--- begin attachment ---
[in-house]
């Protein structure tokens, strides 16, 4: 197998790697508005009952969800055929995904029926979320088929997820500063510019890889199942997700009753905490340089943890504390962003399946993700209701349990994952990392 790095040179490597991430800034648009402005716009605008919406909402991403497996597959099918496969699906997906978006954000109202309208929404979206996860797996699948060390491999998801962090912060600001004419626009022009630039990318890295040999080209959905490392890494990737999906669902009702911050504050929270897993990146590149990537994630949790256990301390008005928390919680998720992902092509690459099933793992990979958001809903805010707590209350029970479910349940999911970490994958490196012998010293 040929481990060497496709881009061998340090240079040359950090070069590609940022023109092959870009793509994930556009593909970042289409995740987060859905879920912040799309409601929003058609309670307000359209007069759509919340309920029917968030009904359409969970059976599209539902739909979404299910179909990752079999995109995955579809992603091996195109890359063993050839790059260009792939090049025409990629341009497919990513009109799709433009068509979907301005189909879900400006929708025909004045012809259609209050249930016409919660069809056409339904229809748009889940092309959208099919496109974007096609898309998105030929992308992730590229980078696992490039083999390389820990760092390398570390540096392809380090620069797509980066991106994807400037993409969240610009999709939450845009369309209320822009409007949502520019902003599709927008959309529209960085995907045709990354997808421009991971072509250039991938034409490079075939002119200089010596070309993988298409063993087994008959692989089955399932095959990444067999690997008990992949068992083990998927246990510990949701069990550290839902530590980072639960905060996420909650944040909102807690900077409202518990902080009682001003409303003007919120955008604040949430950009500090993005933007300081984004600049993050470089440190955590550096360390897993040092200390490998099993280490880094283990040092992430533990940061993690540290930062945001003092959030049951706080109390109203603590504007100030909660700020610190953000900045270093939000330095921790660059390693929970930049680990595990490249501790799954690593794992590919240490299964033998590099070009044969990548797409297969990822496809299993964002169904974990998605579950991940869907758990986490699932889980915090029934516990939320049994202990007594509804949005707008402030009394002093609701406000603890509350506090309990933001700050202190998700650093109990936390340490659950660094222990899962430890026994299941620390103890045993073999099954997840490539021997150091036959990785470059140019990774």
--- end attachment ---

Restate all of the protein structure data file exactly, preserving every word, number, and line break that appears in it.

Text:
[in-house]
């Protein structure tokens, strides 16, 4: 197998790697508005009952969800055929995904029926979320088929997820500063510019890889199942997700009753905490340089943890504390962003399946993700209701349990994952990392 790095040179490597991430800034648009402005716009605008919406909402991403497996597959099918496969699906997906978006954000109202309208929404979206996860797996699948060390491999998801962090912060600001004419626009022009630039990318890295040999080209959905490392890494990737999906669902009702911050504050929270897993990146590149990537994630949790256990301390008005928390919680998720992902092509690459099933793992990979958001809903805010707590209350029970479910349940999911970490994958490196012998010293 040929481990060497496709881009061998340090240079040359950090070069590609940022023109092959870009793509994930556009593909970042289409995740987060859905879920912040799309409601929003058609309670307000359209007069759509919340309920029917968030009904359409969970059976599209539902739909979404299910179909990752079999995109995955579809992603091996195109890359063993050839790059260009792939090049025409990629341009497919990513009109799709433009068509979907301005189909879900400006929708025909004045012809259609209050249930016409919660069809056409339904229809748009889940092309959208099919496109974007096609898309998105030929992308992730590229980078696992490039083999390389820990760092390398570390540096392809380090620069797509980066991106994807400037993409969240610009999709939450845009369309209320822009409007949502520019902003599709927008959309529209960085995907045709990354997808421009991971072509250039991938034409490079075939002119200089010596070309993988298409063993087994008959692989089955399932095959990444067999690997008990992949068992083990998927246990510990949701069990550290839902530590980072639960905060996420909650944040909102807690900077409202518990902080009682001003409303003007919120955008604040949430950009500090993005933007300081984004600049993050470089440190955590550096360390897993040092200390490998099993280490880094283990040092992430533990940061993690540290930062945001003092959030049951706080109390109203603590504007100030909660700020610190953000900045270093939000330095921790660059390693929970930049680990595990490249501790799954690593794992590919240490299964033998590099070009044969990548797409297969990822496809299993964002169904974990998605579950991940869907758990986490699932889980915090029934516990939320049994202990007594509804949005707008402030009394002093609701406000603890509350506090309990933001700050202190998700650093109990936390340490659950660094222990899962430890026994299941620390103890045993073999099954997840490539021997150091036959990785470059140019990774």